Volume 8, 2022
|Number of page(s)||6|
|Published online||14 June 2022|
The role of suprascapular nerve block in hydrodilatation for frozen shoulder
Department of Orthopaedics-Traumatology, Faculty of Medicine, Universitas Padjadjaran, Hasan Sadikin General Hospital, 40161 Bandung, Indonesia
* Corresponding author: firstname.lastname@example.org
Accepted: 23 May 2022
Introduction: Frozen shoulder is a debilitating problem that requires comprehensive diagnosis and management. Patients usually recover, but the possibility of not reobtaining a full range of motion exists. Thus, early shoulder exercises are necessary to achieve their full range of motion. This study aims to understand the effects of suprascapular nerve block (SSNB) augmentation at the spinoglenoid notch in hydrodilatation to treat frozen shoulder to facilitate early shoulder exercises. Methods: The current study retrospectively observed 31 patients, including 40–60-year-old patients diagnosed and treated with primary frozen shoulder. The participants were divided into groups A (hydrodilatation) and B (hydrodilatation and the augmentation of an SSNB). Shoulder function and pain scores were assessed before, during, and after the intervention (at months 1 and 6). Results: The result of this study shows that suprascapular nerve block plays a role in decreasing pain in intraintervention (0.69 vs. 5.73; p < 0.05), month 1 of follow-up (3.44 vs. 6.40; p < 0.05), but not significant on month 6 of group A and B after intervention (5.88 vs. 7.20; p > 0.05). Better delta functional scores were noted in the therapy group during month 1 of the follow-up (delta American shoulder and elbow surgeons [ASES]: 19.29 vs. 34.40, p < 0.05; delta disabilities of the arm, shoulder, and hand [DASH]: 17.88 vs. 38.15, p < 0.05). The difference in functional score on month 6 between both groups was not significantly different (delta ASES: 31.97 vs. 30.31, p > 0.05; delta DASH: 36.63 vs. 38.92, p > 0.05). Discussion: One rationale for using an SSNB augmentation at spinoglenoid notch in hydrodilatation for treating frozen shoulder was to obtain pain relief immediately to facilitate early manual exercise. SSNB has positive effects on short-term evaluation of shoulder pain and function after glenohumeral hydrodilatation, but not in the long term.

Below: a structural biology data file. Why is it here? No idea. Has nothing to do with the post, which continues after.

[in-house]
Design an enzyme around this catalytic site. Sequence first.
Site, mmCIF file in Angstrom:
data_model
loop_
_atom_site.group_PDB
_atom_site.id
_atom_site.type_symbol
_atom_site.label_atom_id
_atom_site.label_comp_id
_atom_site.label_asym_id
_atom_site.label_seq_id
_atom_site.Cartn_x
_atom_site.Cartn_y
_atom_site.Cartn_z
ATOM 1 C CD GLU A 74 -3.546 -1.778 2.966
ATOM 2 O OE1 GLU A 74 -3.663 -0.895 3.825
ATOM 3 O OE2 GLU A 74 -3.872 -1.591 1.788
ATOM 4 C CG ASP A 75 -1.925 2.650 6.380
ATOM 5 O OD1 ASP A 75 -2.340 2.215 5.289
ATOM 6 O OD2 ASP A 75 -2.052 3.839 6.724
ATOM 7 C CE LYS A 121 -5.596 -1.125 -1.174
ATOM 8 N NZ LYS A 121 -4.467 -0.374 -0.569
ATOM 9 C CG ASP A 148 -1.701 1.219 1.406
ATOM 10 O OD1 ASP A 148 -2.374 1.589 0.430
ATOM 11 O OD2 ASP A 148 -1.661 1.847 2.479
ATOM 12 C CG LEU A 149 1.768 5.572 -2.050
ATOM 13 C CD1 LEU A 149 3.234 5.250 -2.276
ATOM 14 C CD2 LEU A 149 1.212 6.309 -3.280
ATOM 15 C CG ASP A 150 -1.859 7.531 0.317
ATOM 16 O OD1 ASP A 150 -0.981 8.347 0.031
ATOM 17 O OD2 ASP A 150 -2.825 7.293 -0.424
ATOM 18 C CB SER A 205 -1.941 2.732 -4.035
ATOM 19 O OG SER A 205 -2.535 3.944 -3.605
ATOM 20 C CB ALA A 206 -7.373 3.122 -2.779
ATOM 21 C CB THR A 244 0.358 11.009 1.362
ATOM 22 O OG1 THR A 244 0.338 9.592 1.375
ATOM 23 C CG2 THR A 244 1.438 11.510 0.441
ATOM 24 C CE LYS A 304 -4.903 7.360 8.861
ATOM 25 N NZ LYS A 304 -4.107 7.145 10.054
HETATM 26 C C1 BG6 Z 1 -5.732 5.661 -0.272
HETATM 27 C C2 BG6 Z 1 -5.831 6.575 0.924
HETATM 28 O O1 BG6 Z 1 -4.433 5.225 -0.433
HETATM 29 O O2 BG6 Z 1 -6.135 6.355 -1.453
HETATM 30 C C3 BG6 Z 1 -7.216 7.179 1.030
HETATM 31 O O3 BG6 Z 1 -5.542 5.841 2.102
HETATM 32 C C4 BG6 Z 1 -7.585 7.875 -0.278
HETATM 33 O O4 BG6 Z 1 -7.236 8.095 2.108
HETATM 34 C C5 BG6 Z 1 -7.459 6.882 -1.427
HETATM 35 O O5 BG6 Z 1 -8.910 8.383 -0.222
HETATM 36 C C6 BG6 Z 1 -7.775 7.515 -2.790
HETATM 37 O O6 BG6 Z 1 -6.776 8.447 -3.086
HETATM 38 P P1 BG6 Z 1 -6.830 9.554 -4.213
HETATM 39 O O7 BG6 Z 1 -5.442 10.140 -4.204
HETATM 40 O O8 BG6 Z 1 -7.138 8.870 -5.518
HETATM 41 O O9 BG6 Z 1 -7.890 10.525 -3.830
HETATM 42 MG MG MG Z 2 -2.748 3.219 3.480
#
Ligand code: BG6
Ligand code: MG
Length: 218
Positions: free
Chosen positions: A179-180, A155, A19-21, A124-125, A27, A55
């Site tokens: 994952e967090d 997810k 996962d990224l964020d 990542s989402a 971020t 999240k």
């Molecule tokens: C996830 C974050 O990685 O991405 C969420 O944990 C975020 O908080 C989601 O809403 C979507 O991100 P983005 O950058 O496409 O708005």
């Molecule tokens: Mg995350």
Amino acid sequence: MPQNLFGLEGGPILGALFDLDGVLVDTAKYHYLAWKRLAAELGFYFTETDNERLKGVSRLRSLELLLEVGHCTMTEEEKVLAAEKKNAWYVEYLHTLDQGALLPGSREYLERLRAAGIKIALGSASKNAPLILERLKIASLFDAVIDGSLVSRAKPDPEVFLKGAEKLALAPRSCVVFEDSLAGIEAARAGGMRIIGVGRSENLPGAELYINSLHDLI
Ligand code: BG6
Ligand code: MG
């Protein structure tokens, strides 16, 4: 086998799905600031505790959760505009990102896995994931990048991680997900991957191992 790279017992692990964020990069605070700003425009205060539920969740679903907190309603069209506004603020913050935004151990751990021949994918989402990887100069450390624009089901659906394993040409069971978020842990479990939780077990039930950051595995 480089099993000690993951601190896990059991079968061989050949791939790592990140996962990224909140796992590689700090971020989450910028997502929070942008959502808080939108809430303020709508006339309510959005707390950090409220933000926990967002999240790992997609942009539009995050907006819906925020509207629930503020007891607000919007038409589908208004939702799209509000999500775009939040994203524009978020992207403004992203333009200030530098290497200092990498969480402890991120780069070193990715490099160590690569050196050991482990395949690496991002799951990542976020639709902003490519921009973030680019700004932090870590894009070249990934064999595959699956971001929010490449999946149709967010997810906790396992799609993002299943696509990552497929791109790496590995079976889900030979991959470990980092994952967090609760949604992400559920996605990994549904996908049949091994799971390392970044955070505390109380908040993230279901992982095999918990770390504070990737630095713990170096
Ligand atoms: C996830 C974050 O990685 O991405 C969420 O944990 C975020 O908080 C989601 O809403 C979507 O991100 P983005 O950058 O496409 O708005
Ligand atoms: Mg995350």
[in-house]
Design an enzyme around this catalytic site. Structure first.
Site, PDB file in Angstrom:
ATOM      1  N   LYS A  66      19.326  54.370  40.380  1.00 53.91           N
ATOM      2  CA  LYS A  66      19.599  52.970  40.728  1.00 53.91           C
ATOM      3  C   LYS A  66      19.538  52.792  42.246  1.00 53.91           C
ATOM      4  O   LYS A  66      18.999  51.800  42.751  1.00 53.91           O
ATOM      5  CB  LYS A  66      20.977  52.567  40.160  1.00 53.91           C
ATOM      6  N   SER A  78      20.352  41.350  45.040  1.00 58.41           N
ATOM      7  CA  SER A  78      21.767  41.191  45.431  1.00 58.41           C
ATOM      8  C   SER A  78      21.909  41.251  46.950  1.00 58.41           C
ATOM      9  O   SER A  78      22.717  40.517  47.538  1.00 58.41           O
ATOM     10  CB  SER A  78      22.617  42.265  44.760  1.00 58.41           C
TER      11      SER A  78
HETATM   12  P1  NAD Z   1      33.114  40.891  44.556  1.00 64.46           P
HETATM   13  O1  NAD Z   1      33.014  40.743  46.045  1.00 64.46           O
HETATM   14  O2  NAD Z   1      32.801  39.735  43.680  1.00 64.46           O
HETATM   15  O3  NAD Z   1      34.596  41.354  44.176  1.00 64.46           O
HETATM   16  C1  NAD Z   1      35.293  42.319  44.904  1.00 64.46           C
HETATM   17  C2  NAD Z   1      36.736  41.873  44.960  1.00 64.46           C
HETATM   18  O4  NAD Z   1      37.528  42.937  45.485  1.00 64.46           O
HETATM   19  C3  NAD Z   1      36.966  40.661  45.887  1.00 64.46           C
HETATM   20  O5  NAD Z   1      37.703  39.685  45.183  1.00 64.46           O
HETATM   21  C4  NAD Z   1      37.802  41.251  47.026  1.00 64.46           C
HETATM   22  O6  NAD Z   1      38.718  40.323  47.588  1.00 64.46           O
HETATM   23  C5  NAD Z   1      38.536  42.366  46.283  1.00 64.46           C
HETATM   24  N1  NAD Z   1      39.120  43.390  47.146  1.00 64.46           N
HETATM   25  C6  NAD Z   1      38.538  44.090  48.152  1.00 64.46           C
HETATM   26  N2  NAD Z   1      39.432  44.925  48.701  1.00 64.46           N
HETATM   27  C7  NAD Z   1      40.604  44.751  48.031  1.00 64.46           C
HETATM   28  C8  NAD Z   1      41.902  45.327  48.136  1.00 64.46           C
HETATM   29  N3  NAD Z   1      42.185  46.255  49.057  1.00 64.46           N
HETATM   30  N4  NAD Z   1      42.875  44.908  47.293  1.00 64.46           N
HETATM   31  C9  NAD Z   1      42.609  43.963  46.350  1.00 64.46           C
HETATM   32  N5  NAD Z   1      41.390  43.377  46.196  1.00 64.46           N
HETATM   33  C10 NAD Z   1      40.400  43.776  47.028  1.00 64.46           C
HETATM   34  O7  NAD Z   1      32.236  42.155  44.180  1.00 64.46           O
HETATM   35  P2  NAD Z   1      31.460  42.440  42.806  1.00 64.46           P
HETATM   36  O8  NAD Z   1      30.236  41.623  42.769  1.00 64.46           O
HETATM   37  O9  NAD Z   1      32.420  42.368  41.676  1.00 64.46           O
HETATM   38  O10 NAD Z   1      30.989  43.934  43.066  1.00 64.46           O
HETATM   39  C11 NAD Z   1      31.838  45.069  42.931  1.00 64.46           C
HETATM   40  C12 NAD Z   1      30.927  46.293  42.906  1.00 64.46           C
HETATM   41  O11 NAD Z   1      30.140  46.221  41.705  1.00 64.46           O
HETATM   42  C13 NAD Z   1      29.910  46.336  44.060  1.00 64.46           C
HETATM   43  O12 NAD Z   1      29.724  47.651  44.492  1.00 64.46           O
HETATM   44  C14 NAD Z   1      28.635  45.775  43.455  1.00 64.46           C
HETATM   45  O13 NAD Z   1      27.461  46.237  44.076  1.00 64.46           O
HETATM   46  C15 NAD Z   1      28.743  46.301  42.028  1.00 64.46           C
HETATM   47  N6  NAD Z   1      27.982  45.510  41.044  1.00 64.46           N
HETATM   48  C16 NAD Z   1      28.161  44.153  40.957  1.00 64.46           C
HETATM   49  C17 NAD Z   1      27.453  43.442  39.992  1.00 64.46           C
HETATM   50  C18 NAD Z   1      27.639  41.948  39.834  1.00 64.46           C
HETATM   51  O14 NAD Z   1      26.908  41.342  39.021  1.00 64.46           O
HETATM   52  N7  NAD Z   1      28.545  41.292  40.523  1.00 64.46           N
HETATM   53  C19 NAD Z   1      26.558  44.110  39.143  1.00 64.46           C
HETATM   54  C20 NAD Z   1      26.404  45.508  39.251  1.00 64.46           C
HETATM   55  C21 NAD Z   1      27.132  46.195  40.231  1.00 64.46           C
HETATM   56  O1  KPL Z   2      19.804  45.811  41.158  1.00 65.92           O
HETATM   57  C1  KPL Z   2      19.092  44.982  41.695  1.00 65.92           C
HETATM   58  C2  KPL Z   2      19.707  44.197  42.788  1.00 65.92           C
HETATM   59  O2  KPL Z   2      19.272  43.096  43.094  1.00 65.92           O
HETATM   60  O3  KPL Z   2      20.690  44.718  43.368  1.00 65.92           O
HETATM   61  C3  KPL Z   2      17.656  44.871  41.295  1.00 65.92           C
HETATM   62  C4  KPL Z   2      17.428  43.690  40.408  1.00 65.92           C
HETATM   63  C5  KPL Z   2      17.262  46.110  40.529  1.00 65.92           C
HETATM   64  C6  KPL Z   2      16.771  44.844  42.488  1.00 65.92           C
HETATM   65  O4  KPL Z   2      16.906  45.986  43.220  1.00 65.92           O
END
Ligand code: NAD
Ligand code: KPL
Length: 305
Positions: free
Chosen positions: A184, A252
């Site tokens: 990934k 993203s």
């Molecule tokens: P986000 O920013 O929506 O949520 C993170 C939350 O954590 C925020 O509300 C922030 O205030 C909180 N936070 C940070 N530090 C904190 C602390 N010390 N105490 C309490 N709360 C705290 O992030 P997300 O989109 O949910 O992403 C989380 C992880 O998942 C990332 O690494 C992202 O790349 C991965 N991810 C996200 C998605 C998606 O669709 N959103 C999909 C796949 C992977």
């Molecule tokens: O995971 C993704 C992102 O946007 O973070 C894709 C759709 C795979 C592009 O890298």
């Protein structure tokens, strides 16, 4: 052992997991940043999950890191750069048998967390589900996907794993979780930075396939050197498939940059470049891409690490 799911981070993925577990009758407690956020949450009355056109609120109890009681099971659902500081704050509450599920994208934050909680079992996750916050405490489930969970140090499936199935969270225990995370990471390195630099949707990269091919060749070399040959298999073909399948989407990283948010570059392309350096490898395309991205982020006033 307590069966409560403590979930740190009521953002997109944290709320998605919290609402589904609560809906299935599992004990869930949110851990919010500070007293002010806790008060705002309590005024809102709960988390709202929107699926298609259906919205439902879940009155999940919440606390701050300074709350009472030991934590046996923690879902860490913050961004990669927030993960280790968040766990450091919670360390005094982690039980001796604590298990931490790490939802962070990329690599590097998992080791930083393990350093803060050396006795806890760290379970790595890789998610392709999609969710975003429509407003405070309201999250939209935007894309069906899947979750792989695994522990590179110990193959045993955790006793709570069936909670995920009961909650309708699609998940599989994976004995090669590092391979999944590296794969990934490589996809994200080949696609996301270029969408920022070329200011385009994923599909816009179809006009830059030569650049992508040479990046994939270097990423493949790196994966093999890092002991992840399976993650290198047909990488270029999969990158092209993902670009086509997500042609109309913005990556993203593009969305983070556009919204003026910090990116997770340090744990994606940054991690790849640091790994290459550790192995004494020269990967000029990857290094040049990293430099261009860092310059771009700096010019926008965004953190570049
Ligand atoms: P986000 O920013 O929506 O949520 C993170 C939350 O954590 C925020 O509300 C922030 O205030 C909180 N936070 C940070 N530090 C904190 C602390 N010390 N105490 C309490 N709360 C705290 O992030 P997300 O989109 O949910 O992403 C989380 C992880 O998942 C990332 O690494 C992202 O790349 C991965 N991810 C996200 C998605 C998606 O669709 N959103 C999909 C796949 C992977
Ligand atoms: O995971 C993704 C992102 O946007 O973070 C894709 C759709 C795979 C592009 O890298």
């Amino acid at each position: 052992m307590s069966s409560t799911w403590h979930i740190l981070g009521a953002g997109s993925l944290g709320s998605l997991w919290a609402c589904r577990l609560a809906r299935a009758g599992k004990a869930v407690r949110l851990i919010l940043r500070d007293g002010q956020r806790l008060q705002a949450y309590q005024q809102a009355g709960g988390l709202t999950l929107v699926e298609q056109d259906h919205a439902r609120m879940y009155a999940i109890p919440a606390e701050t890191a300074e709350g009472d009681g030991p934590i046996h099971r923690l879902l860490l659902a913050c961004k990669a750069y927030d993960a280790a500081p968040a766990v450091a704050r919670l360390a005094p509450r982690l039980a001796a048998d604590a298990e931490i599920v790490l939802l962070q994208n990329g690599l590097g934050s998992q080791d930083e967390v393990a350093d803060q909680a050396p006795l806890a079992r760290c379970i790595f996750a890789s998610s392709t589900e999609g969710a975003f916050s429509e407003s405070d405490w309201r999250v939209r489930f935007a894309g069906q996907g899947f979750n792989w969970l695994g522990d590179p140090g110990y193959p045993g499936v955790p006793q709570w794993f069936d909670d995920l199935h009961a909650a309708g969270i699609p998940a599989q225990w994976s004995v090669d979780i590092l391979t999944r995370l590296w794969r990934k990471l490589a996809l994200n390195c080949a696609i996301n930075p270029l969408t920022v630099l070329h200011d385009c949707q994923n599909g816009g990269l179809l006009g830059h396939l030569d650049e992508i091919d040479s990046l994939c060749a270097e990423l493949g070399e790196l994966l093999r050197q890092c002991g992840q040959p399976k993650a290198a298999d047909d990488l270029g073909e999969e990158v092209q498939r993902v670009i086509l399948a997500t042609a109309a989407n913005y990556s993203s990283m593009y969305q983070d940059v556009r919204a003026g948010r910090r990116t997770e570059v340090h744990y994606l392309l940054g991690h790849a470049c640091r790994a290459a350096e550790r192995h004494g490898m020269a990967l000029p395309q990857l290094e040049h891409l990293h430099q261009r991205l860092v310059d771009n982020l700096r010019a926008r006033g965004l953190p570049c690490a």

Key words: Frozen shoulder / Hydrodilatation / Corticosteroid / Suprascapular nerve block / Spinoglenoid notch
© The Authors, published by EDP Sciences, 2022
This is an Open Access article distributed under the terms of the Creative Commons Attribution License (https://creativecommons.org/licenses/by/4.0), which permits unrestricted use, distribution, and reproduction in any medium, provided the original work is properly cited.
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